Irish singer and songwriter Hozier sat down with guest host Kelly Osbourne on Larry King Now Monday night for his first long-form interview on American TV where talked about his controversial debut album.
The 25-year old, who was recently nominated for an American Music Award for Alternative Rock, confesses that he didn?t think ?Take Me To Church? would gain the success that it did.
?Some days I register with it, some days I don?t really register with it,? he said after Osbourne pointed out that the song has been played more than 800 million times between Spotify and YouTube.
?I didn?t think ‘Take Me To Church? would work on radio or it would be a radio (friendly) song or it would be the song that I think it became,? he added.
Commenting on his recent nomination, he pointed out that it?s hard to categorize an artist?s work into just two words. Blues and classic rock and roll elements influence his musical style but he admits that gospel is biggest influence that ?shines through here and there.?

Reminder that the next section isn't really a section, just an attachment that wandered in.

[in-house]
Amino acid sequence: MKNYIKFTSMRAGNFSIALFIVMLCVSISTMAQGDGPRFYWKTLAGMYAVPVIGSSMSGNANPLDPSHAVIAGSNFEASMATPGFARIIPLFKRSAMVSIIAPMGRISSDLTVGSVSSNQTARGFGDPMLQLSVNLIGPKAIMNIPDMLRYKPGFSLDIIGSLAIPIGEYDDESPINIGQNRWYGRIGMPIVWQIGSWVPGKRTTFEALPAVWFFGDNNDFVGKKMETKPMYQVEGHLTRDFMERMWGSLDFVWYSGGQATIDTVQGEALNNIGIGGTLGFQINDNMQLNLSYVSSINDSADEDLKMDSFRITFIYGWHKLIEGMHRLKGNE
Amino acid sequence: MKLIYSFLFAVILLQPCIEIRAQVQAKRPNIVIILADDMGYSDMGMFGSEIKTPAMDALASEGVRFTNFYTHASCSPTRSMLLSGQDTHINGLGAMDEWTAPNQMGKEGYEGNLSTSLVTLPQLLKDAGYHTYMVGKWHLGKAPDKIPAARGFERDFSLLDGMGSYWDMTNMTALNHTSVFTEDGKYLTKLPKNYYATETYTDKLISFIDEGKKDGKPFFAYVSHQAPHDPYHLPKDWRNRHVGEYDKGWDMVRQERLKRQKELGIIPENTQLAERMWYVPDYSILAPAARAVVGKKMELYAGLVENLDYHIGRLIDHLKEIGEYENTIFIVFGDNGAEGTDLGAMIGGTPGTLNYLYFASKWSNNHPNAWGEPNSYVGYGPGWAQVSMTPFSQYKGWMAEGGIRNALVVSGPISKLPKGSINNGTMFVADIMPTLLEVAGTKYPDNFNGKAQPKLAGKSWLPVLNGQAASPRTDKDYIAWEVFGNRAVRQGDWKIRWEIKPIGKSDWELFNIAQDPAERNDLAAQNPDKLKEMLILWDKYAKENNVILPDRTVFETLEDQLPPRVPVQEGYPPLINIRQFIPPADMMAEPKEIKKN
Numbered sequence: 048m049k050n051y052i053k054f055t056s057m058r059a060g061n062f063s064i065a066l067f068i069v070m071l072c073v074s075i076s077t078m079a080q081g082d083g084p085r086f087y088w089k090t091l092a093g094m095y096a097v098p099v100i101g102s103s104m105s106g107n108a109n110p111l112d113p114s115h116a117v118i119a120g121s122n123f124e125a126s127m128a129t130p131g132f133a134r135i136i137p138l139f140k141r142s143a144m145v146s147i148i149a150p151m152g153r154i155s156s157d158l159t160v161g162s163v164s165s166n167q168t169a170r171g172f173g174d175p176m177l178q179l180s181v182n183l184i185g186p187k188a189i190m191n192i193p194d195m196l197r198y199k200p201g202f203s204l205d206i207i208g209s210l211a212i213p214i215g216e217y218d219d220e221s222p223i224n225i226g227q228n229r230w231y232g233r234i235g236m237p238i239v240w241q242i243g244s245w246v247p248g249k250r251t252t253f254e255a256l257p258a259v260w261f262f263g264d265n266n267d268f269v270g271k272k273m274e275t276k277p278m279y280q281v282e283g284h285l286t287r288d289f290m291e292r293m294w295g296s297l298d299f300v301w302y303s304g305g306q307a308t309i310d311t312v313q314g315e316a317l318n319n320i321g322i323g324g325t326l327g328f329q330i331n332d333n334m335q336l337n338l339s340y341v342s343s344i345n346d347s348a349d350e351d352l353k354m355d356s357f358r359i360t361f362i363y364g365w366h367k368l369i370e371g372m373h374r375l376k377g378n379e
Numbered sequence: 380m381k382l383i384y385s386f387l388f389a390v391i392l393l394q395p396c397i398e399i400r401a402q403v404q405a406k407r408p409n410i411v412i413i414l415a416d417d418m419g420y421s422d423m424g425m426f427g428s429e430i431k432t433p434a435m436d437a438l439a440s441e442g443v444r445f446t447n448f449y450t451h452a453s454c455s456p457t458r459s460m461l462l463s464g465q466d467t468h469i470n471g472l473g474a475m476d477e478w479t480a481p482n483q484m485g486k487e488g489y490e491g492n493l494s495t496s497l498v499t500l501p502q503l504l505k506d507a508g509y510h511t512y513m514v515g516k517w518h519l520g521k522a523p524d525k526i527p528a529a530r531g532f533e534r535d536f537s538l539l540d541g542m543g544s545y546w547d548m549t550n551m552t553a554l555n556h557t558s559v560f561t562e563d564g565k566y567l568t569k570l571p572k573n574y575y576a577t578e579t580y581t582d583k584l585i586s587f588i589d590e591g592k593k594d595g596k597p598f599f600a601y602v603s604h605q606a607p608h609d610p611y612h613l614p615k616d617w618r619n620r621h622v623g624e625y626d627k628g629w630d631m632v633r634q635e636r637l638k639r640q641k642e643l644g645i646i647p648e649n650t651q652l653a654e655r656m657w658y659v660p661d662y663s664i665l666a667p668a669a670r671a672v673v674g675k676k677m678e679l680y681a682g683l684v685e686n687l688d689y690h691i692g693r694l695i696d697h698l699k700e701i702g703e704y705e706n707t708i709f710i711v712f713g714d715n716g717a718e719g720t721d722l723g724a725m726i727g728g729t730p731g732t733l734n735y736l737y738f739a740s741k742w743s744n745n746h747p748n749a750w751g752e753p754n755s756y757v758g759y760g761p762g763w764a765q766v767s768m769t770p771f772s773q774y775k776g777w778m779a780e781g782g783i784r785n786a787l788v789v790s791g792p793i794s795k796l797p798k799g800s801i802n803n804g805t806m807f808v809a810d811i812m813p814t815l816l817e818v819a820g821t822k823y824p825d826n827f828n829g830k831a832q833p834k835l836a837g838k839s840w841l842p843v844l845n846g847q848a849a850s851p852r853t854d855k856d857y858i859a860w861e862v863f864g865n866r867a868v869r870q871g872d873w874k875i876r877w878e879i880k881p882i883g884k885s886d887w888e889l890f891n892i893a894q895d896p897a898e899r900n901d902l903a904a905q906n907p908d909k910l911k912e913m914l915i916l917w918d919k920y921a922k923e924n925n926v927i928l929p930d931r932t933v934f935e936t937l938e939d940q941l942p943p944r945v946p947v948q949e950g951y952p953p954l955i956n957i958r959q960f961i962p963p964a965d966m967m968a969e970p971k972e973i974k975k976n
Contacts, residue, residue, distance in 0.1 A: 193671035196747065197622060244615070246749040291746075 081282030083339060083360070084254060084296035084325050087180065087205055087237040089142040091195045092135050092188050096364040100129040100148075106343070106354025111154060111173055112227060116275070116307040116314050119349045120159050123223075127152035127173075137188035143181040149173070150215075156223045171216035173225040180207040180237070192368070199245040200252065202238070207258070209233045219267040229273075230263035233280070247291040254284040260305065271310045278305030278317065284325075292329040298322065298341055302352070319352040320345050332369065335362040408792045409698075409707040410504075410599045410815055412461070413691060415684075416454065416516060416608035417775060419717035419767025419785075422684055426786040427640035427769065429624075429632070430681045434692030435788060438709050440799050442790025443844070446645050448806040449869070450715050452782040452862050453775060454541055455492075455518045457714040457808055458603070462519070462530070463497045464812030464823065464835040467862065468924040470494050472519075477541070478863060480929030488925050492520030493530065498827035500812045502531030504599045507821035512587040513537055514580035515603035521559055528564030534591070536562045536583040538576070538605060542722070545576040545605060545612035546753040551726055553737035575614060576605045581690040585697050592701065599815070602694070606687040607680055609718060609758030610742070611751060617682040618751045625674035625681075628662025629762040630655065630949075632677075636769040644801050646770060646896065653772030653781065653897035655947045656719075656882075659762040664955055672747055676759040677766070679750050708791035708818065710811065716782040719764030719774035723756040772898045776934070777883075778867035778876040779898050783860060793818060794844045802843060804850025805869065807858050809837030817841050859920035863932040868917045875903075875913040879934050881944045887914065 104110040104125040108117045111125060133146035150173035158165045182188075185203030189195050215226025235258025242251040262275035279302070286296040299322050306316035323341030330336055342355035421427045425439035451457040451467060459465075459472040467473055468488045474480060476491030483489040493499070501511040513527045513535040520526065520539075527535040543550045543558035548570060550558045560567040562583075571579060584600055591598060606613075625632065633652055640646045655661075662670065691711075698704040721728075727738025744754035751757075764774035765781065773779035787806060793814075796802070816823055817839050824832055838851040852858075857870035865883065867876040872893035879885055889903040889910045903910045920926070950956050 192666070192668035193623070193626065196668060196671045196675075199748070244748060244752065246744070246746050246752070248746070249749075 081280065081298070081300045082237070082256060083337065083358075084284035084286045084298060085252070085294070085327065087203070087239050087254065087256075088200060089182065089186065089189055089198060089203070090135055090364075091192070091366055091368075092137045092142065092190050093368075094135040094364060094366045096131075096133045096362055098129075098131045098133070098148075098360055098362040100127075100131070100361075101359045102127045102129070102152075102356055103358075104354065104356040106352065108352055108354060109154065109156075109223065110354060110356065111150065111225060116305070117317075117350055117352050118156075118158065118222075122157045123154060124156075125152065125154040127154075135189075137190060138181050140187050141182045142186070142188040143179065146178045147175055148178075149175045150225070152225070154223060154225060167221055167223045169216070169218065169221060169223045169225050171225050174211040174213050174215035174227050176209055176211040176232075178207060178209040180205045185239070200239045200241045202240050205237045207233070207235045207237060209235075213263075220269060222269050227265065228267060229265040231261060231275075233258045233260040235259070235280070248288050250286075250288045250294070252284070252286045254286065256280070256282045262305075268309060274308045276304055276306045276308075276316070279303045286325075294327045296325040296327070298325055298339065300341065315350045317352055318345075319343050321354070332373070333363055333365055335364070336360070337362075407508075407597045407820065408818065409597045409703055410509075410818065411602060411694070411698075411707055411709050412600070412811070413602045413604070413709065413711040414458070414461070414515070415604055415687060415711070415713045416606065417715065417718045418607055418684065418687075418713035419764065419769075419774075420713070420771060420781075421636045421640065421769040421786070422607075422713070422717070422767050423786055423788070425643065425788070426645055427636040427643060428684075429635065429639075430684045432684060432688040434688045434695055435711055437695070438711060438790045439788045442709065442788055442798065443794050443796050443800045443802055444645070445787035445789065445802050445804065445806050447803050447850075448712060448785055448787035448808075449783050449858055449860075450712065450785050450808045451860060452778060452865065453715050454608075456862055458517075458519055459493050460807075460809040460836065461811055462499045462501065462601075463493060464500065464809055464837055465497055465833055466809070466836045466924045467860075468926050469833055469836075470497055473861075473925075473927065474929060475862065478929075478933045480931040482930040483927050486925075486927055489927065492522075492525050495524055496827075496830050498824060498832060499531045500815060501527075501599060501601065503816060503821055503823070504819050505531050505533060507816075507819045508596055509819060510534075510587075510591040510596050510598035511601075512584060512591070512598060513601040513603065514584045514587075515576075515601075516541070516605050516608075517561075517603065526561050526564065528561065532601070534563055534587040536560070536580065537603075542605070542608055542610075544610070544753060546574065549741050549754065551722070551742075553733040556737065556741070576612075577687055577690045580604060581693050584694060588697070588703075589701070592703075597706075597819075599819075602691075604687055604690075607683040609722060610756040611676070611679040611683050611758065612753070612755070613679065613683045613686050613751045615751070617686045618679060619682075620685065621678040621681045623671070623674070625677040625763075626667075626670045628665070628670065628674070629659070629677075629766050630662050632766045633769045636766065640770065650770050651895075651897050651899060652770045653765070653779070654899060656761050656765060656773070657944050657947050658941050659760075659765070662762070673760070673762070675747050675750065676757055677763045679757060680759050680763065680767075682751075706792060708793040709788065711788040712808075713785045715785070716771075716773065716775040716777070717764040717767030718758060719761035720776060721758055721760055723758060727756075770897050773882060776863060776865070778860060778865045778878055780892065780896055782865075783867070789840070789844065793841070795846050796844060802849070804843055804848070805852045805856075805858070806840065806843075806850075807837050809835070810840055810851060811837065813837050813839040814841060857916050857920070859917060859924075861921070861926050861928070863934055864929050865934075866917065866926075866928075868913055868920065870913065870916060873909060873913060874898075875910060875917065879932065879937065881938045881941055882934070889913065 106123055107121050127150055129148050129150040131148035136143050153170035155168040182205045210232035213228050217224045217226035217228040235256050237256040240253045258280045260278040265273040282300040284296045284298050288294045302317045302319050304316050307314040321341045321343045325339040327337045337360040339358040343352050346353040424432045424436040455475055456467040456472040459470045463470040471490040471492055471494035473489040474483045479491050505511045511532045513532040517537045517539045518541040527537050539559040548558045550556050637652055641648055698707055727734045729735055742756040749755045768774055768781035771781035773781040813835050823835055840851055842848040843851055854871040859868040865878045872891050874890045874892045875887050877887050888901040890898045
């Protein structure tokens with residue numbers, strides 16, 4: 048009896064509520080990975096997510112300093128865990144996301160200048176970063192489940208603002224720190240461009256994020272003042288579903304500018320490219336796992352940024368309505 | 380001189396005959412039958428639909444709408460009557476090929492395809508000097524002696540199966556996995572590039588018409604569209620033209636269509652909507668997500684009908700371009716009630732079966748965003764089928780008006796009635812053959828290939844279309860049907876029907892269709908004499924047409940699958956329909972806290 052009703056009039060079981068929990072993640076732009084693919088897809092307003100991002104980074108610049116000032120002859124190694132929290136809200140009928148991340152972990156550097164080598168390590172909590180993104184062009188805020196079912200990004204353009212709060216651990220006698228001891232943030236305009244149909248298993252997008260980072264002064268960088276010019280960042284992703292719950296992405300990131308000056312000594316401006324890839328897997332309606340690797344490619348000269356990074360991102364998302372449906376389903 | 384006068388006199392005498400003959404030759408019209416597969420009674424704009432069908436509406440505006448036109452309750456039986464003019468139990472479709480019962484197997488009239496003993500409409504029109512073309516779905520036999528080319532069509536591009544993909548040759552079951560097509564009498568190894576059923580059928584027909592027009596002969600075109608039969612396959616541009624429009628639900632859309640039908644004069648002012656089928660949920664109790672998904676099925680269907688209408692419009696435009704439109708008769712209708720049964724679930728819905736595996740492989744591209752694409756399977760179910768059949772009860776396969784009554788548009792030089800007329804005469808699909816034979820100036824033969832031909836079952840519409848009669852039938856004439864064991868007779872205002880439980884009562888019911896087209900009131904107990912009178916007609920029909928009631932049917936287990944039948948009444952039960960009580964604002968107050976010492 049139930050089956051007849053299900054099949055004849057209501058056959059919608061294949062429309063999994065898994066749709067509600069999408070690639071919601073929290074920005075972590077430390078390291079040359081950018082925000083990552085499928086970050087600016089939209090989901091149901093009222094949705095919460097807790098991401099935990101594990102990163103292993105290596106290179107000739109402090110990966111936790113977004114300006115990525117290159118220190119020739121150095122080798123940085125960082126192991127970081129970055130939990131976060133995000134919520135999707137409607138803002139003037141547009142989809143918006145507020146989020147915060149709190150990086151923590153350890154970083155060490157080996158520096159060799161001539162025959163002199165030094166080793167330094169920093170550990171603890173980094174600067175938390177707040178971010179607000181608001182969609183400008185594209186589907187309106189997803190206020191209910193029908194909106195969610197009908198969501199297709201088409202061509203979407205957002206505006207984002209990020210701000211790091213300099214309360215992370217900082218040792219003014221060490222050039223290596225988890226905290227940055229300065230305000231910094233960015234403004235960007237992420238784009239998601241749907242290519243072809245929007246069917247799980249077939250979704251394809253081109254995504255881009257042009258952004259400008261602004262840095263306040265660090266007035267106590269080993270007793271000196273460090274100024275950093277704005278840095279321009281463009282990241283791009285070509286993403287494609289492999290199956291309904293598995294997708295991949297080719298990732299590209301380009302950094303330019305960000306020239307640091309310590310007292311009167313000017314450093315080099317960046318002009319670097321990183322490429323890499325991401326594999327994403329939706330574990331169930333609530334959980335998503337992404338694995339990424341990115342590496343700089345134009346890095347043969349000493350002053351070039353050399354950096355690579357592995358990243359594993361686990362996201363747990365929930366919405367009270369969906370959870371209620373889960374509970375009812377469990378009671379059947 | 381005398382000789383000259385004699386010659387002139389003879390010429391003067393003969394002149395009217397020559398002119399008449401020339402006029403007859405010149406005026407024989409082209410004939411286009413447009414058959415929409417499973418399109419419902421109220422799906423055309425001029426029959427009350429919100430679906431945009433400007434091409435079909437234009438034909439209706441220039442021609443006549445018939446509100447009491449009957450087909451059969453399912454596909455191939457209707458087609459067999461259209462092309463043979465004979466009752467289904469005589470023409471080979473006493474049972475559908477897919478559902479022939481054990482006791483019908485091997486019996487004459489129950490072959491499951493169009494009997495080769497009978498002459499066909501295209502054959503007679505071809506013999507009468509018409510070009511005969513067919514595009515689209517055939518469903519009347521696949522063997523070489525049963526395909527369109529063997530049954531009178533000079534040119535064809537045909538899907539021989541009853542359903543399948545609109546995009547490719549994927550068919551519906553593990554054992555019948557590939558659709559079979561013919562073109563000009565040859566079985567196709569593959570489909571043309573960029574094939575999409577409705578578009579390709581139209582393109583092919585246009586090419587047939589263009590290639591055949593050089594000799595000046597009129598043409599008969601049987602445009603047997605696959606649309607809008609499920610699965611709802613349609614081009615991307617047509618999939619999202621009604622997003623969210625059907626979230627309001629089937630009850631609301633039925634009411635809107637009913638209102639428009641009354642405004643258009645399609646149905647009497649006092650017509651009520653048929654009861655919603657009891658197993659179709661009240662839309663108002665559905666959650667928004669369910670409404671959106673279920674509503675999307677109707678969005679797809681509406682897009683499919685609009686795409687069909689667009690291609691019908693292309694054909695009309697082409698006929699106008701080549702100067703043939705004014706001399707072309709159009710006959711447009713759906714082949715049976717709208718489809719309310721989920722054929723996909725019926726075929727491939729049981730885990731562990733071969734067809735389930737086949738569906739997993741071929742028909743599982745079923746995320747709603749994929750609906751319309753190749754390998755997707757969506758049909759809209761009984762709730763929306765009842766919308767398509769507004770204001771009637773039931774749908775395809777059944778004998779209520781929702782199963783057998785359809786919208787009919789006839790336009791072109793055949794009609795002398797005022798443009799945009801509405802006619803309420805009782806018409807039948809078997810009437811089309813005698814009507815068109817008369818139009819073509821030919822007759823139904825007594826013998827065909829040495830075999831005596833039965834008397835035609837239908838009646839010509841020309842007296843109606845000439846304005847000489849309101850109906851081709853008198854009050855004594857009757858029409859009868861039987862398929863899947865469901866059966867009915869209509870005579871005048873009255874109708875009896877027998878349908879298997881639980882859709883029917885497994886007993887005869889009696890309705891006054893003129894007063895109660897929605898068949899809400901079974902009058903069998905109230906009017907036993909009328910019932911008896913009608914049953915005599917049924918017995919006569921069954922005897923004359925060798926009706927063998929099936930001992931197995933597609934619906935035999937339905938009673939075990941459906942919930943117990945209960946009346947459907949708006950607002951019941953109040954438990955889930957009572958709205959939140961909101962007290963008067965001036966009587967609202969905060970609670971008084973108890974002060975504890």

The musician also spoke about had driven him to write the song and the issues facing the LGBTQ community.
“This is one of the paradoxes and weird hypocrisy of that organization [Catholic Church]. The pope came here last year and said, ‘Who am I to judge with regards to somebody’s sexual orientation?’ I think it is important to differentiate between lip service towards something and actually making change. I think it is hopeful, but saying this in 2015, ‘Who am I to judge?’ is something that should have been said 100 years ago,” he said.
“It is one that has institutionalized gender inequality as well, dangerous policy over contraception and, in this case, it still harbors and irrational aversion to homosexuality,” he continued. “Which in my view I think that is why I was driven to write ‘Take Me to Church.’ I think the church provides an excuse for homophobia.”
The video for ?Take Me To Church? is a reference to the alarming anti-gay violence in Russia and the singer said he does not feel very much has changed in the country with his song’s popularity.
“It is very hard to get a gauge on societal mentality or societal mentality of all state-owned bodies, state-owned media,” he said. “I’m not sure, I would like to hope that slowly it is moving back towards something a bit more progressive.”
Watch the full interview here.